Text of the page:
Annual Public Lands Pass
News Release Date:
May 17, 2012
Contact: Phil Lupsiewicz
Lowell, MA - To show appreciation for those who serve in the U.S. Military, on May 19 - Armed Forces Day - the National Park Service will begin issuing free annual passes for active duty military members and their dependents. The annual pass allows free entrance to any park charging an entrance fee and may offer discounted admission to museums and other historic sites administered by the National Park Service.
This military version of the America the Beautiful National Parks and Federal Recreational Lands Pass also applies to sites managed by the U.S. Fish & Wildlife Service, the Bureau of Land Management, the Bureau of Reclamation, and the U.S. Forest Service where entrance fees are charged. The pass is also available at these locations.
Active duty members of the U.S. Military and their dependents can pick up their pass at Lowell National Historical Park's visitor center located at 246 Market Street, Lowell Massachusetts. The visitor center is open daily from 9:00am to 5:00pm.They must show a current, valid military identification card to obtain their pass. More information about uses of this pass is available at www.nps.gov/findapark/passes.htm.
Different categories of fees are charged in national parks across the country. The annual pass for military, like other national public lands passes, applies to those locations with entrance fees. At Lowell National Historical Park, the visitor center, trolley rides, walking tours, and the Mill Girls and Immigrants Exhibit are always fee free. The Boott Cotton Mills Museum and canal boat tours charge a nominal special exhibit and tour operating fee. Interagency Annual Pass holders, including the annual pass for military, receive discounted admission (50% off) at the Boott Cotton Mills Museum.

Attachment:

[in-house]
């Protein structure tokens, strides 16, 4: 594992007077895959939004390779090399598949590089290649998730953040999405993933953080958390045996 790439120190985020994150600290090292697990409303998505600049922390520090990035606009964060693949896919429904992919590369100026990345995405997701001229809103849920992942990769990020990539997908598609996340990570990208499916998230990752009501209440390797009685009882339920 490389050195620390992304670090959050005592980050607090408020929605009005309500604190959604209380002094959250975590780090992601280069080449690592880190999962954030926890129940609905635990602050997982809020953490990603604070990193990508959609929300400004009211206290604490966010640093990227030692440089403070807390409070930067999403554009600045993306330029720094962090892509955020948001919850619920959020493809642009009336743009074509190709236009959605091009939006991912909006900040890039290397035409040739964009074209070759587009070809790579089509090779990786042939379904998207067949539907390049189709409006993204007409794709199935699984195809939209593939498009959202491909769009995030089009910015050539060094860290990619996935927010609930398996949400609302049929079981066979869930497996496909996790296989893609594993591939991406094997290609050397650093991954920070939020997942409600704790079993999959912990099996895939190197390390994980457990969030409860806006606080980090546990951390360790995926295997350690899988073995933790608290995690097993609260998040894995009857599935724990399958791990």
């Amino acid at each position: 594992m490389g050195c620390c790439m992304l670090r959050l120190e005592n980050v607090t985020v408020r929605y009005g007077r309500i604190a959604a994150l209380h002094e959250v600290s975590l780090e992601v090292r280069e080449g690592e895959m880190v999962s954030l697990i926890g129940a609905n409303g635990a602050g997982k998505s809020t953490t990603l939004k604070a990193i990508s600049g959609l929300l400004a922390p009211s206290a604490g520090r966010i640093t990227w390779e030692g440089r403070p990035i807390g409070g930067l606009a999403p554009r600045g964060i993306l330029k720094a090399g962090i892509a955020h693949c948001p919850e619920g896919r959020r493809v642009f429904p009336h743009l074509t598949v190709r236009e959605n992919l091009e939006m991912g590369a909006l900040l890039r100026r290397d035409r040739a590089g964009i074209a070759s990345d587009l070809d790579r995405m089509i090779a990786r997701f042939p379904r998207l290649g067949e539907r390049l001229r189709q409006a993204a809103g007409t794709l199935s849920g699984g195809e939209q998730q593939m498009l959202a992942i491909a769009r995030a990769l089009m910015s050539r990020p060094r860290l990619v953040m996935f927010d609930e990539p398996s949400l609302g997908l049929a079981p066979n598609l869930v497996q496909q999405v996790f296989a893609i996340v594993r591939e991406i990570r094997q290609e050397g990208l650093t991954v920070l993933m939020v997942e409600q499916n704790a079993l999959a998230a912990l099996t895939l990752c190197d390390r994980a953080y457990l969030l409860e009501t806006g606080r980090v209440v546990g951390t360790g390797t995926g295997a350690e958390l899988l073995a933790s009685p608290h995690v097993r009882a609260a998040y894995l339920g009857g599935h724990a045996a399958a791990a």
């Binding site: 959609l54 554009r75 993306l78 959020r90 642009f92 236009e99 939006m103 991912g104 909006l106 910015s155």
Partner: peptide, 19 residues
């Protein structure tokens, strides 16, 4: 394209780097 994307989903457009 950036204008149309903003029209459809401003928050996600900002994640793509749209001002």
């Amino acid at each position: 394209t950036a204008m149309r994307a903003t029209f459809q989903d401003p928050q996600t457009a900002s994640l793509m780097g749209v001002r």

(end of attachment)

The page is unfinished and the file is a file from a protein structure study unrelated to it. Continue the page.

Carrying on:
"Through the years, military members, especially those far from home in times of conflict, have found inspiration in America's patriotic icons and majestic landscapes, places like the Statue of Liberty and the Grand Canyon that are cared for by the National Park Service and symbolize the nation that their sacrifices protect," said National Park Service Director Jonathan B. Jarvis. "This new pass is a way to thank military members and their families for their service and their sacrifices."
National parks and the military have strong ties going back to the establishment of Yellowstone as the world's first national park in 1872. The U.S. Cavalry watched over America's national parks and did double duty, serving as the first park rangers until the National Park Service was created 44 years later. During World War II, many parks were set aside for the training and care of military personnel. Today, dozens of national parks commemorate military battles and achievements.